Consider GameStop Corp. (NYSE:GME). On January 21, 2021, the stock closed just over $43.
Suppose you thought that price was too high and assumed that the stock would drop, as many people did. GME was a virtually obsolete company, right? You could have bought the GME February 19 $40 puts for about $7.00.
Well, you already know what happened. The next day, GME shot up over $20 to $65.01 after retail investors used their newfound financial power to drive prices up. Short-selling hedge funds like Melvin Capital got crushed. And you’d likely assume that anyone who bought those $40 puts got hurt as well.
But that’s not what happened.
The $40 puts lost money, sure. But traders weren’t left high and dry. The puts only lost a measly $0.60.
While the stock price jumped more than 50%, the IV on the option went up over 80 points. Because when a stock moves, IV goes up, whether the stock is moving up or down. GME shares may have rallied, but its IV exploded – almost outweighing the movement in the stock, saving put buyers from a money-draining defeat.
And what about call buyers?
Say that instead of purchasing the $40 puts, you’d put your money into the February 19 $60 calls. On January 21, they were worth about $3.40.
We already know the stock shot up 51% to about $65 – clearly increasing the worth of the call option.
But remember, it’s not just about the price of the stock. IV rose as well, and the calls ballooned all the way to about $18.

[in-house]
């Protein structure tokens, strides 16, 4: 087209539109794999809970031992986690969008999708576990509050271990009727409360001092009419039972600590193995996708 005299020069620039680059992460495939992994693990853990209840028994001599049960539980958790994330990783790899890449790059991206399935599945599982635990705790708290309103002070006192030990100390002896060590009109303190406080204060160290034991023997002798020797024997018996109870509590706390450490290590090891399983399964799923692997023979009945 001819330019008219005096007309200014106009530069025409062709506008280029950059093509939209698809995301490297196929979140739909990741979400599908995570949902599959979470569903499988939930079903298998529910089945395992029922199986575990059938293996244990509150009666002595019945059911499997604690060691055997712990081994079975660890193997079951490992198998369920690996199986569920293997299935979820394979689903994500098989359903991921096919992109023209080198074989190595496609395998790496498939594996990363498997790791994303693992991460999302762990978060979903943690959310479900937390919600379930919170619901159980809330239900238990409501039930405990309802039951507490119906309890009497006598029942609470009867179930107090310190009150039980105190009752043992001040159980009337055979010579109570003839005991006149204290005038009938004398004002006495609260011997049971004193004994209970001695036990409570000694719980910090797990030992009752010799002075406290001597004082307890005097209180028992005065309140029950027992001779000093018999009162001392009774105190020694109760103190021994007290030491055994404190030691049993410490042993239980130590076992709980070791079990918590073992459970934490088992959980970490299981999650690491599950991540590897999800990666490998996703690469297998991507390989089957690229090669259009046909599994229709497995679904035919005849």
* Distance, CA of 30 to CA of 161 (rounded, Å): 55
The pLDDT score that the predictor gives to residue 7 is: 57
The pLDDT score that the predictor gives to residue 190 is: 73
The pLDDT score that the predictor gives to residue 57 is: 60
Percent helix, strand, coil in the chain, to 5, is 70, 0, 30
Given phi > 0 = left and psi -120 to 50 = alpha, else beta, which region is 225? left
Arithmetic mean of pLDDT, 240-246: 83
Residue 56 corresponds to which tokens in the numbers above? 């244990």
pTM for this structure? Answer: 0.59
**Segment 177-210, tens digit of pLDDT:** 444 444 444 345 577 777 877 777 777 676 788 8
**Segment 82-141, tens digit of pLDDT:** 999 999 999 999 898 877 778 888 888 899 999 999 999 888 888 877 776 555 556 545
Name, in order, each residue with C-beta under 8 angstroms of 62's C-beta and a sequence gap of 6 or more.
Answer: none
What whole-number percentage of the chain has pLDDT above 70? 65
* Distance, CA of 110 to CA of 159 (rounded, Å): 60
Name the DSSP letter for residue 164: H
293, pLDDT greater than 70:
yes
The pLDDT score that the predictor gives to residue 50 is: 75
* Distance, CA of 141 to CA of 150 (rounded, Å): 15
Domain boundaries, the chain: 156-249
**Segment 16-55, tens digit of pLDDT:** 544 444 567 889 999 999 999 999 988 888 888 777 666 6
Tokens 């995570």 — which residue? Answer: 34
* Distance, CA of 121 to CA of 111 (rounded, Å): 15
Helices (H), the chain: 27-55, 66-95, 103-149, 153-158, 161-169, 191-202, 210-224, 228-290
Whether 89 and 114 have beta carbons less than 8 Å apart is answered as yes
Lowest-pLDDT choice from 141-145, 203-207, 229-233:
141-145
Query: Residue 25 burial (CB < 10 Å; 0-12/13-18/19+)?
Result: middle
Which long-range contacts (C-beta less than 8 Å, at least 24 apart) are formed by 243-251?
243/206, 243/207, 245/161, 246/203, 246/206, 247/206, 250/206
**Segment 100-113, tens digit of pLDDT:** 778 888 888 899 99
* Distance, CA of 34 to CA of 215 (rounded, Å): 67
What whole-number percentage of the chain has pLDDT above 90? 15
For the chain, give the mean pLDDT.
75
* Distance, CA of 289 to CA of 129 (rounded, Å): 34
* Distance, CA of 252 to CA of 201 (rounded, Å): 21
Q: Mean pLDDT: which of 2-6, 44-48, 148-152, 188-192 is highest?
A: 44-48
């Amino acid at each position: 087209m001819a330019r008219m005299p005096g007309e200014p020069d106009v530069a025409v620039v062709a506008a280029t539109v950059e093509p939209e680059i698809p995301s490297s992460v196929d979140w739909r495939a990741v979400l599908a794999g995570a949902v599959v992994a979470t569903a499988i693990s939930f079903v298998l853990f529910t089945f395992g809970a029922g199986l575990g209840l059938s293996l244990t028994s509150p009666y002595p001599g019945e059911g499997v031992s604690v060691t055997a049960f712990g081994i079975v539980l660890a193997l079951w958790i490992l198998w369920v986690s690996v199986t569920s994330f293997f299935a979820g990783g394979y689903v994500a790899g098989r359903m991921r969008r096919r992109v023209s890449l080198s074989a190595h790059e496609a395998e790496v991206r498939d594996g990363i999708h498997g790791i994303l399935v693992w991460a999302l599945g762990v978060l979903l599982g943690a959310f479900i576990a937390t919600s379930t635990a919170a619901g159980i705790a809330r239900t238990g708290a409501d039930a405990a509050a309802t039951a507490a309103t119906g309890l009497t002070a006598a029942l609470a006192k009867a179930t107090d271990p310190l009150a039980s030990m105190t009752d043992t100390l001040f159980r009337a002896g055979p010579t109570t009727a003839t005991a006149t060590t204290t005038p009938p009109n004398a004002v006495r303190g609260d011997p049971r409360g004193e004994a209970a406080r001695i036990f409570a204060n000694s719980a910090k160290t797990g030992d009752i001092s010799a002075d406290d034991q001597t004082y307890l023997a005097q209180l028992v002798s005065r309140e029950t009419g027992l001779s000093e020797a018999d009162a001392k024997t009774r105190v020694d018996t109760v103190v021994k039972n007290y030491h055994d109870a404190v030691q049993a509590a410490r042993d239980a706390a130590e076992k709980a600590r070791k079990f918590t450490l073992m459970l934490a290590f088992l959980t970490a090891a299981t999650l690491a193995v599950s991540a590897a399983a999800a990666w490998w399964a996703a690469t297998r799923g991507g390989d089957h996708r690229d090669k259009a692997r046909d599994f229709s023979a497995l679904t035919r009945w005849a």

$3.40 to $18 in one day? That’s the definition of asymmetric returns, turning a small amount of cash into a massive jackpot. It’s a 530% win on a 51% stock move, and it’s the kind of winning trade that used to be reserved for the Wall Street elites.
See, Wall Street used to say that options were too risky for individual traders. But as you can see, just the opposite is true. By purchasing options when IV is low, you can make a killing, and save yourself from any deep losses at the same time.
As if that’s not enough, there’s even more IV can be used for – like predicting a stock’s future.
Just look at this chart of January 2021’s GME short squeeze…
When GME began to fall, the IV, depicted by the red line, also dropped. That was traders saying IV was too high – and so was the stock.